The US and Canadian grid is a hopelessly elaborate machine – the largest machine in history – and it is perpetually operating at maximum load, chronically in need of better maintenance and expensive upgrading.

Computers will cease to operate, and computers have insinuated themselves into almost every device we use. There will be no long-distance communication: no telephones, no Internet, no electronic transmission of data from anywhere to anywhere.

Eventually money will largely cease to exist, because there will be no electronic means of sending or receiving it, and no way of balancing accounts. Banking machines will cease to operate. In fact money nowadays is generally not reckoned as coins or bills, but as data on a screen, and the data will no longer be there.

Modern medicine will vanish. Doctors will not have the modern means of taking care of their patients.

The police will be immobilized because they will have no means of sending or receiving information.

There is a dangerous relationship between electricity and nuclear power. Nuclear reactors need electricity to run the cooling, among other things.

It will be impossible to jump into a car and get help because cars require gasoline, and the gas pumps are run by electricity. In any case, the oil wells and the refineries will have ceased operation.

Alternative sources of energy will never be very useful for several reasons, but mainly because of a problem of “net energy”: the amount of energy output is not sufficiently greater than the amount of energy input. With the problematic exception of uranium, alternative sources ultimately don’t have enough “bang” to replace the 30 billion barrels of oil we use annually – or even to replace more than the tiniest fraction of that amount.

Wind and geothermal power are only effective in certain areas and for certain purposes. Hydroelectric dams are reaching their practical limits. Nuclear power will soon be suffering from a lack of fuel and is already creating serious environmental dangers. The current favorite for alternative energy is solar power, but it has no practicality on a large scale. There is a great deal of solar energy reaching the Earth, but it is too diffuse to be of much value. Proponents of solar energy must therefore close their eyes to all questions of scale.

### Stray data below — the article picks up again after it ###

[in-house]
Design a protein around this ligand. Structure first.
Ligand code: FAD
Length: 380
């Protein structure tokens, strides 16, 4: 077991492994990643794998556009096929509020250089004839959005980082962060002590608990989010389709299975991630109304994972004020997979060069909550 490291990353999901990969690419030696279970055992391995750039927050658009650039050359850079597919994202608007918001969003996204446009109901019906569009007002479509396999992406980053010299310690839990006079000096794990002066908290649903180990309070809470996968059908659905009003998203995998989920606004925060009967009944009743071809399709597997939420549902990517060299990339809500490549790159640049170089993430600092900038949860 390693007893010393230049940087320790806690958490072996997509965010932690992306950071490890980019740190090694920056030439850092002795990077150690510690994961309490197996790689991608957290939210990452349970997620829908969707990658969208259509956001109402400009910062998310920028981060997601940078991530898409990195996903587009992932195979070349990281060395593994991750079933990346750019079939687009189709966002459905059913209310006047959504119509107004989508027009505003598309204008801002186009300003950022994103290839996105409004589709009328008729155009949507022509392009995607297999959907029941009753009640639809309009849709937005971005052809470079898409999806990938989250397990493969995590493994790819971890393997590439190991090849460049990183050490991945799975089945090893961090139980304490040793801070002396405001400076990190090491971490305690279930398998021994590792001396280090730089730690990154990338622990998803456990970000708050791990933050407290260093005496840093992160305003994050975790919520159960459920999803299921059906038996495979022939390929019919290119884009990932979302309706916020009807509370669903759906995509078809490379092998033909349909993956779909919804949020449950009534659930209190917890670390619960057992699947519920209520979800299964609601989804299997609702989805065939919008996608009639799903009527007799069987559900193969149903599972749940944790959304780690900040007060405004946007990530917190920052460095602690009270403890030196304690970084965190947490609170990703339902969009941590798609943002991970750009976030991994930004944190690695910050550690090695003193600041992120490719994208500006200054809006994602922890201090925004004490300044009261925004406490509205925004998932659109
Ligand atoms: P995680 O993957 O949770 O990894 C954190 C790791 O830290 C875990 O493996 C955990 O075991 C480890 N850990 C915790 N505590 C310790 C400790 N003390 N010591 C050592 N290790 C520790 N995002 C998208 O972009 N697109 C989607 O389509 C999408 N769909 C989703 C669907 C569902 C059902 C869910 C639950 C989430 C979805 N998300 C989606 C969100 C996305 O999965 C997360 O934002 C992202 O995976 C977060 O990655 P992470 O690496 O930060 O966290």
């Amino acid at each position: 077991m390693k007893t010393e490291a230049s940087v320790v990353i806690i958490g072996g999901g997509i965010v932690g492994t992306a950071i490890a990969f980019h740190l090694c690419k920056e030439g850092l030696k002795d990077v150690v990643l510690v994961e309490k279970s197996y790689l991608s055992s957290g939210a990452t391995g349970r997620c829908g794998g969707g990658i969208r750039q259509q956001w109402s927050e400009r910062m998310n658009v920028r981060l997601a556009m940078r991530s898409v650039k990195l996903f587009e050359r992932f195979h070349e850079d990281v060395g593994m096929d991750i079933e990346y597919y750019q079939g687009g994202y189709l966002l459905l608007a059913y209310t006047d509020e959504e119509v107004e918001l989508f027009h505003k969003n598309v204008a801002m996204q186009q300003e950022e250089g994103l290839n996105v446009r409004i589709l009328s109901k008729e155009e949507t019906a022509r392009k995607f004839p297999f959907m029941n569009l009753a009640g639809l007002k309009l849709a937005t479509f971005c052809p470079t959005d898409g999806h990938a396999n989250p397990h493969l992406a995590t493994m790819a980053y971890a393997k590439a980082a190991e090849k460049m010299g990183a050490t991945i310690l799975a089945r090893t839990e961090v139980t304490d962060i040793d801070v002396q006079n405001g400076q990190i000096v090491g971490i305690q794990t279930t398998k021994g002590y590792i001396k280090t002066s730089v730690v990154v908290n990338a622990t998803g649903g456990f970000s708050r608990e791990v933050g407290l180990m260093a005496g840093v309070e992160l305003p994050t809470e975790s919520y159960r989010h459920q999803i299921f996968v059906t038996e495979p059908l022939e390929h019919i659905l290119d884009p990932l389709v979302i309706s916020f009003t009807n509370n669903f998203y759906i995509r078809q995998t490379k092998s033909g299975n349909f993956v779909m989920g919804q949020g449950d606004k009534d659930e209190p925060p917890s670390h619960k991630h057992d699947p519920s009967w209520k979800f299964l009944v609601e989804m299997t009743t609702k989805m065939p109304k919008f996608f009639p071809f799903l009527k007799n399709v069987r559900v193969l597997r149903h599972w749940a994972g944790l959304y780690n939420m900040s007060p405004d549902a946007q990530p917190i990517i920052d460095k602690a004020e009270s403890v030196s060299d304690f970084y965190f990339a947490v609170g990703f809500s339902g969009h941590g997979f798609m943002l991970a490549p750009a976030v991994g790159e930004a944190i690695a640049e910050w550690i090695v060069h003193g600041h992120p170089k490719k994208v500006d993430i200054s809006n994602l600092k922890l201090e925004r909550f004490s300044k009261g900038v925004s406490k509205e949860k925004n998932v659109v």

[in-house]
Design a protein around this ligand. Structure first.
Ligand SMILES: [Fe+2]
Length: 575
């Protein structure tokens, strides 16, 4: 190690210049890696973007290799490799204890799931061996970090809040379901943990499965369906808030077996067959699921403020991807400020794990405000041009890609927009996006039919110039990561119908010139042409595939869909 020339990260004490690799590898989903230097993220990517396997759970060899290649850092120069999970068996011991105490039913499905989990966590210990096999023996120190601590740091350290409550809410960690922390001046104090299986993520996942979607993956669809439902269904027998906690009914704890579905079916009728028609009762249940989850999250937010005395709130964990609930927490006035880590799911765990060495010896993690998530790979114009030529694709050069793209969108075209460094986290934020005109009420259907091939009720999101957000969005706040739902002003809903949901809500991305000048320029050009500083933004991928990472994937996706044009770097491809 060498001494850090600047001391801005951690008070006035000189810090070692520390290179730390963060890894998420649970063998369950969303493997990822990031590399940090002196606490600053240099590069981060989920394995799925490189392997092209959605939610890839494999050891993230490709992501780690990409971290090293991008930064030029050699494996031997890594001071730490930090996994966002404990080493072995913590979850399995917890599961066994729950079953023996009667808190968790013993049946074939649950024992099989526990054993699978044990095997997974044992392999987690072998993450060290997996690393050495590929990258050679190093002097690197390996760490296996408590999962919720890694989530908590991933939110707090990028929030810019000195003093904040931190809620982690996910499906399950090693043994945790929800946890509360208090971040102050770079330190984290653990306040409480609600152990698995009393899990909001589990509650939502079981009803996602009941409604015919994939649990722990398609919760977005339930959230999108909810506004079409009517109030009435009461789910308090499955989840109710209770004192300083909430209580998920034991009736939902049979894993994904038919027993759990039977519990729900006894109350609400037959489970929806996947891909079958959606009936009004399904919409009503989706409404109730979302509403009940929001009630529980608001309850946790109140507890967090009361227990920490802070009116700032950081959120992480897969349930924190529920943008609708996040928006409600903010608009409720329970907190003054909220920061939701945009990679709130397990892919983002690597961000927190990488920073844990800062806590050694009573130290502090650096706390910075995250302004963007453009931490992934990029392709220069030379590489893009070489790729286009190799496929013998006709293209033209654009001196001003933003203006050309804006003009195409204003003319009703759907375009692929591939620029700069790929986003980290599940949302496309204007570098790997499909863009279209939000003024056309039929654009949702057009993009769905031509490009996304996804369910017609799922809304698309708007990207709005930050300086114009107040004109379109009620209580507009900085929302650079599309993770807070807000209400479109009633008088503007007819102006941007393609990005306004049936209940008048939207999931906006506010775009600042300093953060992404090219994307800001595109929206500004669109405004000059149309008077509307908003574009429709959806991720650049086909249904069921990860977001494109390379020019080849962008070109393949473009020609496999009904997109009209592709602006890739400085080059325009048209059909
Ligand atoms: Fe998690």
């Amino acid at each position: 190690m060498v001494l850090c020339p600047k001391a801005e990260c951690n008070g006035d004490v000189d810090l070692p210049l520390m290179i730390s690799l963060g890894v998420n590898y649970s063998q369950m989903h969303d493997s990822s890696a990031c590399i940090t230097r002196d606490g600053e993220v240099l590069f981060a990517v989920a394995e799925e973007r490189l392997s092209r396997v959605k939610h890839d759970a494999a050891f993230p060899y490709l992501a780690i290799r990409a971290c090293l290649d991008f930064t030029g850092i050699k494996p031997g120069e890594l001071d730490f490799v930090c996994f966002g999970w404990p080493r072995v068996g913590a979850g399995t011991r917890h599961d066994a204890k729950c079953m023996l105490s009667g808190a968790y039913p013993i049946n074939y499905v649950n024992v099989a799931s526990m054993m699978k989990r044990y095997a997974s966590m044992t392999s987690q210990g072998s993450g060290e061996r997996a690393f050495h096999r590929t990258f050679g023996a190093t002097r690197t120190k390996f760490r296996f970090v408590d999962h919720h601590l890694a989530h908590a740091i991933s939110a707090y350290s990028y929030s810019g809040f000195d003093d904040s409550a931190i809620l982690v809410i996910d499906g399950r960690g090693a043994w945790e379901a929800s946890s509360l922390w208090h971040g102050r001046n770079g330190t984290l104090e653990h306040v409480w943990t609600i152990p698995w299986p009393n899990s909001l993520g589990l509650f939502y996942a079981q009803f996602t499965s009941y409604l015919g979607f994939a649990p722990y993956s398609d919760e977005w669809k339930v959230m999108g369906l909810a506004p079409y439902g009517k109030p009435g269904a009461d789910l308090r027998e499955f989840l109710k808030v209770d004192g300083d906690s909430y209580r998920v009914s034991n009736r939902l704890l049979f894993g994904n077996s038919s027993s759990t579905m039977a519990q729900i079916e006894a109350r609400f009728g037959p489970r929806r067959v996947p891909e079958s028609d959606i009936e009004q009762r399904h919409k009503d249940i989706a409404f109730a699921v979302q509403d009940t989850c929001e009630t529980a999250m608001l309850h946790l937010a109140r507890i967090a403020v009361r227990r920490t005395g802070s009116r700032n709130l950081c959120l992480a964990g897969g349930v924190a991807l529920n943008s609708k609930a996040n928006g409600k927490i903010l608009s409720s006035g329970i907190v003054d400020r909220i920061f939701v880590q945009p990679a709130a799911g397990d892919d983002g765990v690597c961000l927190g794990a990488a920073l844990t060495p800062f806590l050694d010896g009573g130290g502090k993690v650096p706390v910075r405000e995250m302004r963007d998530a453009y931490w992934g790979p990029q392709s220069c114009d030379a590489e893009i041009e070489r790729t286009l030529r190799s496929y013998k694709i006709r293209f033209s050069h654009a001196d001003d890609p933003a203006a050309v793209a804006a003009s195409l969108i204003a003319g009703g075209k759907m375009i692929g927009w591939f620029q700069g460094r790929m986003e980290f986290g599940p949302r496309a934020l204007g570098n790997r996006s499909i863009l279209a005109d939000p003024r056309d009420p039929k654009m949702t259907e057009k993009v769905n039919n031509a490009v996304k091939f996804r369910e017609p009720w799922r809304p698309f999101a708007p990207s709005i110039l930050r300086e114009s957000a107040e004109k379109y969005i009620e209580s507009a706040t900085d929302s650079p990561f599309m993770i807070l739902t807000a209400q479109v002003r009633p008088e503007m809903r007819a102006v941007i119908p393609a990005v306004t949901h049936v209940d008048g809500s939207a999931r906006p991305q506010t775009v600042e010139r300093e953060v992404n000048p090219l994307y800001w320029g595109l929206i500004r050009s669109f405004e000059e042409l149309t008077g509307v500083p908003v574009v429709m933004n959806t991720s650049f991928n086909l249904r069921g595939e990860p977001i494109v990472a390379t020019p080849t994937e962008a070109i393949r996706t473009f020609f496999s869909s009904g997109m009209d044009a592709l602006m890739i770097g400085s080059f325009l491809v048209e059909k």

When news articles claim that there are simple painless solutions to the oil crisis, the reader’s response is not awareness but drowsiness. We are rapidly heading toward the greatest disaster in history, but we are indulging in escapist fantasies.

Over the course of the next few decades, all that is certain is that the future of humanity will start to resemble its distant past, except that much of the natural resources will be missing. However, the planet will still have about 100 million square kilometers of wilderness, ravaged though parts of it may be, and the “economy” in the depths of that world will be the same one that has been there for millions of years.

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  • Peter Goodchild

    Peter Goodchild's most recent book The Western Path, published by Arktos, may be purchase at